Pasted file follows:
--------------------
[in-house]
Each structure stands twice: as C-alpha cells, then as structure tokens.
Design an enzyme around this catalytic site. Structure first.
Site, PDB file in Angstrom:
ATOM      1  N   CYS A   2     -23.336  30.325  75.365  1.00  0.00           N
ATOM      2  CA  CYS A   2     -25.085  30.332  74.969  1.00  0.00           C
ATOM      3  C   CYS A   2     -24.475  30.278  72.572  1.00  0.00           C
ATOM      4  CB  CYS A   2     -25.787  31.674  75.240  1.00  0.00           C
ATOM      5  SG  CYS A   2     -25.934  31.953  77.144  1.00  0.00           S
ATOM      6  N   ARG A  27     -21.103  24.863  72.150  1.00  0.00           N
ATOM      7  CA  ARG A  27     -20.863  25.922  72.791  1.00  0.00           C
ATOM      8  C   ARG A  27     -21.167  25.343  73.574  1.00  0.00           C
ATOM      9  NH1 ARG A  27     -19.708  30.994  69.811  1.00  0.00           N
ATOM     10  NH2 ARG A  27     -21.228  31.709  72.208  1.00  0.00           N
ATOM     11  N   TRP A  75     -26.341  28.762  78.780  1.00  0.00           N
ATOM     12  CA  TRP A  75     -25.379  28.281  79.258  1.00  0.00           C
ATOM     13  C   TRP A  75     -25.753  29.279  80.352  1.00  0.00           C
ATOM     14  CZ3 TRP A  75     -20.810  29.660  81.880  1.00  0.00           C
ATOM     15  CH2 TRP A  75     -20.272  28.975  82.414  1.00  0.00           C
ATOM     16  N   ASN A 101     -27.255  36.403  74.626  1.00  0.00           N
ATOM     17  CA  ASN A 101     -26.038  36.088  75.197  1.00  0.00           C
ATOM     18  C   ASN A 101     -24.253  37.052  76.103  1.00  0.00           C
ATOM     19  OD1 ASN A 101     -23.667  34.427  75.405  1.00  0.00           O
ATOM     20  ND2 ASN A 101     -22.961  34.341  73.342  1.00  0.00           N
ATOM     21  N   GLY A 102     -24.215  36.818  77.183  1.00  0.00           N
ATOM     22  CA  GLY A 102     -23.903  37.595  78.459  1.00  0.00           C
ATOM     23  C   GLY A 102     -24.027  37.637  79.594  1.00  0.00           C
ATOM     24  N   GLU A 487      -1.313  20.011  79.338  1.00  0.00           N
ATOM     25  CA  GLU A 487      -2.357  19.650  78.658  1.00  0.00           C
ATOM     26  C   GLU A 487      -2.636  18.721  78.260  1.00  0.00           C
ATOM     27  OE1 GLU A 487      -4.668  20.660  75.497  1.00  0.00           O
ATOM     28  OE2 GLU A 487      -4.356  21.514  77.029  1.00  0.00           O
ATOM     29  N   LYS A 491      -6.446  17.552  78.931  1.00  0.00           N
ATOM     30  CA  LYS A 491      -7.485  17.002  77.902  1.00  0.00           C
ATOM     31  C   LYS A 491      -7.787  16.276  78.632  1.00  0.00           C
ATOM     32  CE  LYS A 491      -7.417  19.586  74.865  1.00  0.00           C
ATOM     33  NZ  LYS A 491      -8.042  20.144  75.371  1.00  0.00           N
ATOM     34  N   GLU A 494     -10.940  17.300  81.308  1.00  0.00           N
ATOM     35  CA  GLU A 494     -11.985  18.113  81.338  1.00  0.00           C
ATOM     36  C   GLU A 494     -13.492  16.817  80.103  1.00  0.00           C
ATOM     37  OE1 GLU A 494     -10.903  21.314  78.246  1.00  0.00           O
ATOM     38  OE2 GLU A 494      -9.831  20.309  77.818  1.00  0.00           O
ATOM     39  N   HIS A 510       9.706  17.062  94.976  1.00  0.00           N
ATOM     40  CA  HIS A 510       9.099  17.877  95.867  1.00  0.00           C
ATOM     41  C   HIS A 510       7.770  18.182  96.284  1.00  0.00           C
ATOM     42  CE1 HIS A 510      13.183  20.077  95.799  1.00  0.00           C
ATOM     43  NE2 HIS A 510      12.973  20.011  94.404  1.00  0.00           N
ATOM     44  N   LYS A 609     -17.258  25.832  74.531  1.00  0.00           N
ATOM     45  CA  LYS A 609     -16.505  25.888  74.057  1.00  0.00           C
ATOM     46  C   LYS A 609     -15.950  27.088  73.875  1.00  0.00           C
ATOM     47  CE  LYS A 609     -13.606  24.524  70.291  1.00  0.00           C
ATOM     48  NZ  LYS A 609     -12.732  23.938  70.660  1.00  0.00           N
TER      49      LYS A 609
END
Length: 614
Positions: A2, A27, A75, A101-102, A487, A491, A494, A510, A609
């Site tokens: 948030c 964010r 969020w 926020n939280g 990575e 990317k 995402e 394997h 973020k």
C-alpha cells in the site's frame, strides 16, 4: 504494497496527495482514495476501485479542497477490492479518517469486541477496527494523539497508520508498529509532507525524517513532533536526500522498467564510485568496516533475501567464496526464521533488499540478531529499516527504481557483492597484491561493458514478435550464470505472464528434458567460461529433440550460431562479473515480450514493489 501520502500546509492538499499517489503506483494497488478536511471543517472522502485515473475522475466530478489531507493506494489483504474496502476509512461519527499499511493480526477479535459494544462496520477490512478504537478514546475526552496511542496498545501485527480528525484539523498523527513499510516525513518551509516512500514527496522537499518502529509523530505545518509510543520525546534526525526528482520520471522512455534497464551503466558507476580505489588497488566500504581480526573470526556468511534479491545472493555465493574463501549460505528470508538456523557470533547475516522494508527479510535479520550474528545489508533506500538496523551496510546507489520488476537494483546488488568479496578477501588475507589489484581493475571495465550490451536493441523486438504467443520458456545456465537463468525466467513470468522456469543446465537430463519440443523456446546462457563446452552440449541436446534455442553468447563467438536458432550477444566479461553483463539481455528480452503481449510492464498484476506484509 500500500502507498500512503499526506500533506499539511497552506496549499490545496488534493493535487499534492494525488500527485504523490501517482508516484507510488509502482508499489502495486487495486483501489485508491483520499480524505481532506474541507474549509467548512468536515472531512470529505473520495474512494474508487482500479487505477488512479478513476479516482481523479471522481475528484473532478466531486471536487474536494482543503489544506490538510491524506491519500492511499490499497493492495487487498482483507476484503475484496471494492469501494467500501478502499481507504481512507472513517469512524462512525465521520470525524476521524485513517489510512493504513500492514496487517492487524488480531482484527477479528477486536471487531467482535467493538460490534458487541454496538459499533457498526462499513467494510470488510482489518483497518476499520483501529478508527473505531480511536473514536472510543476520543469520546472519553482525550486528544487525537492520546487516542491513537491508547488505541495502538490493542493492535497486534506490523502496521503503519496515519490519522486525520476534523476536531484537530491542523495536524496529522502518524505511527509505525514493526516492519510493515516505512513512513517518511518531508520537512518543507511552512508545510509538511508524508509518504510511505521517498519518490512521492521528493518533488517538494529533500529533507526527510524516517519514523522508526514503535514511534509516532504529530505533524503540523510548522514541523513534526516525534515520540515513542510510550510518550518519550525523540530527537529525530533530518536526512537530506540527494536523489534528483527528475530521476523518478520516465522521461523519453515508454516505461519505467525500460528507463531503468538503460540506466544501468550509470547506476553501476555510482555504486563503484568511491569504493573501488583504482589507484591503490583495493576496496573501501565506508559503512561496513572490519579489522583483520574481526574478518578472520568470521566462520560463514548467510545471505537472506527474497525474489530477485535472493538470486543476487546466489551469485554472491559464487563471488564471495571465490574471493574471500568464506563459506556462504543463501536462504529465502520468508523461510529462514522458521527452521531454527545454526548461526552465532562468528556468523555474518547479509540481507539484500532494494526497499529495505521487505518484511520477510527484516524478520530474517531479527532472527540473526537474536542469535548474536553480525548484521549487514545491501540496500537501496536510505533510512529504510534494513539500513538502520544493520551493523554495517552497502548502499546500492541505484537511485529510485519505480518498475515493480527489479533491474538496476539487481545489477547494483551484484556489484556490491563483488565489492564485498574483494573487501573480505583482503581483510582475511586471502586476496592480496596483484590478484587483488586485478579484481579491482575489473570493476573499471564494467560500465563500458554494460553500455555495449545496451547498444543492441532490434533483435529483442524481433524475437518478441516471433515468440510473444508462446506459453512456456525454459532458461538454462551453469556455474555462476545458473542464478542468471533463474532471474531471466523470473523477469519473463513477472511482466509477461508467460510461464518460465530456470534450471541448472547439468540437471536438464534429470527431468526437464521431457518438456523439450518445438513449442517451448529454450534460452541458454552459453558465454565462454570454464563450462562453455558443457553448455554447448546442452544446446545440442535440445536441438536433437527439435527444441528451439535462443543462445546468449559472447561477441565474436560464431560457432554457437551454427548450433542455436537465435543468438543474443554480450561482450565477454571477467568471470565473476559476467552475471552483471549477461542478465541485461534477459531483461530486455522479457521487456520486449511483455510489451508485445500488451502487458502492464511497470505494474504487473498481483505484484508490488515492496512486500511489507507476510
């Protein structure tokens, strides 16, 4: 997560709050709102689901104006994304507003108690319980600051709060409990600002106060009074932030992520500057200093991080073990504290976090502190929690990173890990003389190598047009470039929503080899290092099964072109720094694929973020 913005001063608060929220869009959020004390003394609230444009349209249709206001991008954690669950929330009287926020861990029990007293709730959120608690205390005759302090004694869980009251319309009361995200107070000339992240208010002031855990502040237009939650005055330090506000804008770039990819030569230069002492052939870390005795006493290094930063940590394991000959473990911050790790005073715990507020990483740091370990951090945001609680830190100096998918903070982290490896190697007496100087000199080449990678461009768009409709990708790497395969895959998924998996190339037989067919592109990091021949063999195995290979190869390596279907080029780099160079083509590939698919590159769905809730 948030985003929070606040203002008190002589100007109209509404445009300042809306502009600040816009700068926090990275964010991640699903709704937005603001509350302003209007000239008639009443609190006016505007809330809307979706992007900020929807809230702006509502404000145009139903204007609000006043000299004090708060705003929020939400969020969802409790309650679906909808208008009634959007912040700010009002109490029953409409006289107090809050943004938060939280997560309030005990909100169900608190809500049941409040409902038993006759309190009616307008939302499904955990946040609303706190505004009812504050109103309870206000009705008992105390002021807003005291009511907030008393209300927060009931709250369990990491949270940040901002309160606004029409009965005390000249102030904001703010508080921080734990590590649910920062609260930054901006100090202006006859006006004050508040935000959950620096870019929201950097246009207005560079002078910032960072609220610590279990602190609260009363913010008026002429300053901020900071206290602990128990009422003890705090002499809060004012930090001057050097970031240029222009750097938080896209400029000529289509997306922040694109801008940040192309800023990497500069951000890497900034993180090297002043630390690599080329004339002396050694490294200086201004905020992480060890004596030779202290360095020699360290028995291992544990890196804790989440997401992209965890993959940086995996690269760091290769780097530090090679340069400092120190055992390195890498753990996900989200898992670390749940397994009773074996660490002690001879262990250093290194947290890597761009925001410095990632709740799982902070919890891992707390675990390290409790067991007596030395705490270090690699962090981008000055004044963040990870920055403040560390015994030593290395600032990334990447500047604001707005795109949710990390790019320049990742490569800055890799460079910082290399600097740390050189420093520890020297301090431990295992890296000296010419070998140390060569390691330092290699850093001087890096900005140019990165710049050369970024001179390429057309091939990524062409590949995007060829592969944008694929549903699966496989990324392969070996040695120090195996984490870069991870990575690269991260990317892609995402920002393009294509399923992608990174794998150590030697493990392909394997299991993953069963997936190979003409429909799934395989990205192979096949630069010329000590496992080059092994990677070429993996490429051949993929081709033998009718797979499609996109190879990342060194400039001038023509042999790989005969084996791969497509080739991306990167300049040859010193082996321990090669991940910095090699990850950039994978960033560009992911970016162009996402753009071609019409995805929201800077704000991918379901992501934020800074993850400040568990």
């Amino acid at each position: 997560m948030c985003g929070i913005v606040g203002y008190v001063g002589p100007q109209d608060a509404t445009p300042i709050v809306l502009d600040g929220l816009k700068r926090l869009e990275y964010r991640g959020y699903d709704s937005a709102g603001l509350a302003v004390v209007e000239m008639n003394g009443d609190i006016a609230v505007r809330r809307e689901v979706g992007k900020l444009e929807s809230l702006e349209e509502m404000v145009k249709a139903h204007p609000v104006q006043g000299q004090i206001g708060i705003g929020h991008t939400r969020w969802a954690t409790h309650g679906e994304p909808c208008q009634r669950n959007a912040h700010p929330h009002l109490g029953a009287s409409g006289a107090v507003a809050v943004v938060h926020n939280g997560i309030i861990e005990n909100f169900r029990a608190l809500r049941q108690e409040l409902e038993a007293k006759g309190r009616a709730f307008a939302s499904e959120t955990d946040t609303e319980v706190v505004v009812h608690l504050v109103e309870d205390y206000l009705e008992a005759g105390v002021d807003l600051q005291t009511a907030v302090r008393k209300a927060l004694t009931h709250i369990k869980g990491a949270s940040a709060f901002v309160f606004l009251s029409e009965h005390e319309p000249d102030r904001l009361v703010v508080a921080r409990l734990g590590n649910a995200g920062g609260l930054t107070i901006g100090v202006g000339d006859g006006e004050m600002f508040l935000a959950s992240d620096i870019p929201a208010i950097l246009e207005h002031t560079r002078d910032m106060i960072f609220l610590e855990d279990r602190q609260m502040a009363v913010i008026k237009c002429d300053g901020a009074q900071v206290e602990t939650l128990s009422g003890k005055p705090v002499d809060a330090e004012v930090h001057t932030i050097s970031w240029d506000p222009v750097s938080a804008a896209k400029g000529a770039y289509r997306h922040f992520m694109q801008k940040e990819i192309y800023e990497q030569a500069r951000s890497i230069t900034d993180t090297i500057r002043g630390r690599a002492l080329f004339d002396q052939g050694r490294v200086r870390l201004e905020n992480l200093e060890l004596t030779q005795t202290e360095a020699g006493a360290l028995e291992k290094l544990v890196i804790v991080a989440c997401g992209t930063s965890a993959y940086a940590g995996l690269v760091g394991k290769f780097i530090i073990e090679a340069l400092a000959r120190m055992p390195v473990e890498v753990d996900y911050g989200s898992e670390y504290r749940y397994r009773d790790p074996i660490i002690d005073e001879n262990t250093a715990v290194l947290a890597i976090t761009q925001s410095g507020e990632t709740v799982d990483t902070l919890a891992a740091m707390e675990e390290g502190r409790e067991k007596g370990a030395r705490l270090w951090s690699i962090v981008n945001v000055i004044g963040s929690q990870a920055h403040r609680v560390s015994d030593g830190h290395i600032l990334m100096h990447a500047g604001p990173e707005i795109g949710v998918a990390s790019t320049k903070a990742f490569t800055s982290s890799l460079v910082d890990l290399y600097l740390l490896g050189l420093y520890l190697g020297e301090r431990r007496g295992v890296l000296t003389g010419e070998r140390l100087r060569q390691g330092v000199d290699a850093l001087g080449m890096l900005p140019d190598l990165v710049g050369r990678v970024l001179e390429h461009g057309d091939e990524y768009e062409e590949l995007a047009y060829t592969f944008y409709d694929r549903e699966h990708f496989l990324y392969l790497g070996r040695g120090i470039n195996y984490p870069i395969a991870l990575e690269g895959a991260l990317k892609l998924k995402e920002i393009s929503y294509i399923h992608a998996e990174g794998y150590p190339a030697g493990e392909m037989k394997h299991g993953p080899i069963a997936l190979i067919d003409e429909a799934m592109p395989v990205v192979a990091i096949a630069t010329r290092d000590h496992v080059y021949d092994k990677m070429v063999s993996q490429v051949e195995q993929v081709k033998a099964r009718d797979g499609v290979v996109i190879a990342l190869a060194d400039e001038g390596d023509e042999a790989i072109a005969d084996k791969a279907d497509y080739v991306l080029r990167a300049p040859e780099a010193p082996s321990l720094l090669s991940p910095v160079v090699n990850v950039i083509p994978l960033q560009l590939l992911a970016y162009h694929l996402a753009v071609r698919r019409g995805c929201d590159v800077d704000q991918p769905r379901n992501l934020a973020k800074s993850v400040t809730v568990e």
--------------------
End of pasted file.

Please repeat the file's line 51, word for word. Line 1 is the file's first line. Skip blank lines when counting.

ATOM     47  CE  LYS A 609     -13.606  24.524  70.291  1.00  0.00           C